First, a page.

Fundamental errors in published works
If an author discovers a major error or inaccuracy in his published work, it is the author’s obligation to notify the editor. If the author discovers a major error or inaccuracy in the published work from third party, it is authors obligation to correct or retract the paper.
DUTIES OF THE EDITORIAL BOARD
These guidelines are based on existing American Journal of PharmTech Research policies and copeis Best Practice Guidelines for Journal Editors.
The editor of a peer-reviewed journal American Journal of PharmTech Research is responsible for deciding which of the articles submitted to the journal should be published. The validation of the work in question and its importance to researchers and readers must always drive such decisions. The editor may be guided by the policies of the journal's editorial board and constrained by such legal requirements as shall then be in force regarding libel, copyright infringement and plagiarism. The editor may confer with other editors or reviewers in making this decision.
The editor should examine manuscripts for their intellectual and novel content without regards to race, gender, nationality, political philosophy or religious faith of the author.
Information about the submitted manuscript should not be disclosed by editorial board to anyone other than the corresponding author, reviewer, editorial advisor, potential reviewer as appropriate.
Disclosure and conflicts of interest
Editor must not use unpublished manuscript for their own research without the written consent of author. Research ideas or information obtained through peer review must not be used for personal advantage and must be kept confidential. Editor must not entertain manuscripts which have conflict of interest resulting from collaborative, competitive, or connection with company or institute etc. Editors must rescue themselves from considering such manuscripts.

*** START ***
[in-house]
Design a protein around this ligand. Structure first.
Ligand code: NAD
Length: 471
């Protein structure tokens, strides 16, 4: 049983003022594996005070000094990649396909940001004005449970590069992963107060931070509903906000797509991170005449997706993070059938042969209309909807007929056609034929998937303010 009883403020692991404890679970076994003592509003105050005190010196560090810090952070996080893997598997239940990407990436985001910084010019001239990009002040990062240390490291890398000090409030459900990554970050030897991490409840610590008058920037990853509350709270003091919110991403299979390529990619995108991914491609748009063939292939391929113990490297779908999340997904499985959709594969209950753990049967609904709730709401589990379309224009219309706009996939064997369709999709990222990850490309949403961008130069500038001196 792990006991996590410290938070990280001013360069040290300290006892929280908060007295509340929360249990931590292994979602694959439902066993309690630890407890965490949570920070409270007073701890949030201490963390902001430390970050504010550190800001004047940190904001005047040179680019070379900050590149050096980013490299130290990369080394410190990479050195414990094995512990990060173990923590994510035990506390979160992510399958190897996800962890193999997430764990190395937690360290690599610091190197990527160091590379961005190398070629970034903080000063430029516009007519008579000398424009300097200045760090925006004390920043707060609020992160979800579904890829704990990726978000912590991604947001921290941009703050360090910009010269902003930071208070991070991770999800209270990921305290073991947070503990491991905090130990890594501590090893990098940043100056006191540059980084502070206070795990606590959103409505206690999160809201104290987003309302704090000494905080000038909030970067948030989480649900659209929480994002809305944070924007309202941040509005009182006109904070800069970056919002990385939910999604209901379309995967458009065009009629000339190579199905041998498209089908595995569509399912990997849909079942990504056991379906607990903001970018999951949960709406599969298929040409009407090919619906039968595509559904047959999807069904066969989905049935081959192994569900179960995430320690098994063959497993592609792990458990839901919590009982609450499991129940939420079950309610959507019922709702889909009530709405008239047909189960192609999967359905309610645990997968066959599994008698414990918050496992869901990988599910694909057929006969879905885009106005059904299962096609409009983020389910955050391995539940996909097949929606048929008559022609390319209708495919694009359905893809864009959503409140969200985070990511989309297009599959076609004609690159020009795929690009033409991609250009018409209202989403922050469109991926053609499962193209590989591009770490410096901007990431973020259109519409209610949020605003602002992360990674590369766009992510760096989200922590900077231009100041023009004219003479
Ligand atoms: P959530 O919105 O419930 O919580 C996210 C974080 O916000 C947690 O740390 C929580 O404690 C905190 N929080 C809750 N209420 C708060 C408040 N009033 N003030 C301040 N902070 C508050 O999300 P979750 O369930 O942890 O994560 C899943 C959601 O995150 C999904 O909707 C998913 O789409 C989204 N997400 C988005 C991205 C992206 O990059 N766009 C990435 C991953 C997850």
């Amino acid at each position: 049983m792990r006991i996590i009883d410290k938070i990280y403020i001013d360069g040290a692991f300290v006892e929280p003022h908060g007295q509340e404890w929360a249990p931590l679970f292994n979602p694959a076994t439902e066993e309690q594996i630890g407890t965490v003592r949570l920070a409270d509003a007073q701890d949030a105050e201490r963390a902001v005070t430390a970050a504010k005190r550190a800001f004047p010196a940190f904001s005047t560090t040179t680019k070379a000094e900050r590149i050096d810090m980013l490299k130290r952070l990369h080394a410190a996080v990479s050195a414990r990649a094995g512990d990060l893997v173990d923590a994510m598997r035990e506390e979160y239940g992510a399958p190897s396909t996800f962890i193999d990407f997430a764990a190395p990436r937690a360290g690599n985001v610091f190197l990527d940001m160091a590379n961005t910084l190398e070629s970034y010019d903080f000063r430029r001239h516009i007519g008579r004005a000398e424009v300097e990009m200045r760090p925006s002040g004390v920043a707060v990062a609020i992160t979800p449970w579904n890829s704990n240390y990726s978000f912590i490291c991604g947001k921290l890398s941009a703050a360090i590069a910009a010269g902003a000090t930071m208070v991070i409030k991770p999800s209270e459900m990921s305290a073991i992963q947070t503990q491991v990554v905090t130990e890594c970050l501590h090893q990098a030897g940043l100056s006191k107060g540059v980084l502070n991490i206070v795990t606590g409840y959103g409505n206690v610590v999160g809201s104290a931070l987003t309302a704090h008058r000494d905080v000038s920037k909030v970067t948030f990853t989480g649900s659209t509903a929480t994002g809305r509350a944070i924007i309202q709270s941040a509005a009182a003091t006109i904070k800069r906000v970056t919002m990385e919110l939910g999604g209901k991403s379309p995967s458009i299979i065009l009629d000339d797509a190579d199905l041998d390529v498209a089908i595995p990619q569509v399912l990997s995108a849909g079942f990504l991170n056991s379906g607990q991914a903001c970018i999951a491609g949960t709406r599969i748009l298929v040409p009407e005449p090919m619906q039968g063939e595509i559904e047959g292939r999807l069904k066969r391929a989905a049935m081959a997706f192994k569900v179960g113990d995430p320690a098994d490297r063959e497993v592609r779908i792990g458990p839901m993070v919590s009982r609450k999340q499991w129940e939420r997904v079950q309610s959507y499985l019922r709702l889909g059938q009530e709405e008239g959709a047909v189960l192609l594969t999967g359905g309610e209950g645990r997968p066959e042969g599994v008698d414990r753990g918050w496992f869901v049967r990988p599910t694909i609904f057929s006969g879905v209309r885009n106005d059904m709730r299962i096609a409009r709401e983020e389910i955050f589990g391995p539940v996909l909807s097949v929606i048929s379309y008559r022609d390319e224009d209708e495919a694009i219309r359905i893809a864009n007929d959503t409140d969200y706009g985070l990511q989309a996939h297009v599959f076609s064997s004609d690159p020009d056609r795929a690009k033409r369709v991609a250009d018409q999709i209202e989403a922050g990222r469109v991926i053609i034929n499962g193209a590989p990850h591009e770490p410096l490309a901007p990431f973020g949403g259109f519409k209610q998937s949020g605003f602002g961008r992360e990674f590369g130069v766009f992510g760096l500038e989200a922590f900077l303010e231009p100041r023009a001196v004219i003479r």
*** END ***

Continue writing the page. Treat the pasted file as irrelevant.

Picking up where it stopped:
Involvement and cooperation in investigations
An editor should take reasonably responsive measures when ethical complaints have been presented concerning a submitted manuscript or published paper, in conjunction with the publisher (or society). Such measures will generally include contacting the author of the manuscript or paper and giving due consideration of the respective complaint or claims made, but may also include further communications to the relevant institutions and research bodies, and if the complaint is upheld, the publication of a correction, retraction, expression of concern, or other note, as may be relevant. Every reported act of unethical publishing behavior must be looked into, even if it is discovered years after publication.
DUTIES OF REVIEWER
Contribution to editorial decisions
Peer review process is heart of scientific communication in publication of manuscript. Peer review helps editor in making decisions and authors in improving the manuscript though editorial communication. IAJPR shares the view that all scholars who wish to contribute to publications have an obligation to do a fair share of reviewing.
The selected reviewer who feels unqualified to review the manuscript should notify the editor and excuse himself from the review process.
Manuscripts received for review must be treated as confidential documents. They must not be shown to or discussed with others except as authorized by the editor.
Standards of objectivity
Reviews should be conducted objectively. Personal criticism of the author is inappropriate. Referees should express their views clearly with supporting arguments.
Acknowledgement of sources
Reviewers should identify relevant published work that has not been cited by the authors. Any statement that an observation, derivation, or argument had been previously reported should be accompanied by the relevant citation. A reviewer should also call to the editor's attention any substantial similarity or overlap between the manuscript under consideration and any other published paper of which they have personal knowledge.
Disclosure and conflict of interest
Reviewer must not use unpublished, article disclosed in a submitted manuscript for their own research without the written consent of author. Research ideas or information obtained through peer review must not be used for personal advantage and must be kept confidential. Reviewer must not entertain manuscripts which have conflict of interest resulting from collaborative, competitive or connection with company or institute etc. Reviewer must rescue themselves from considering such manuscripts.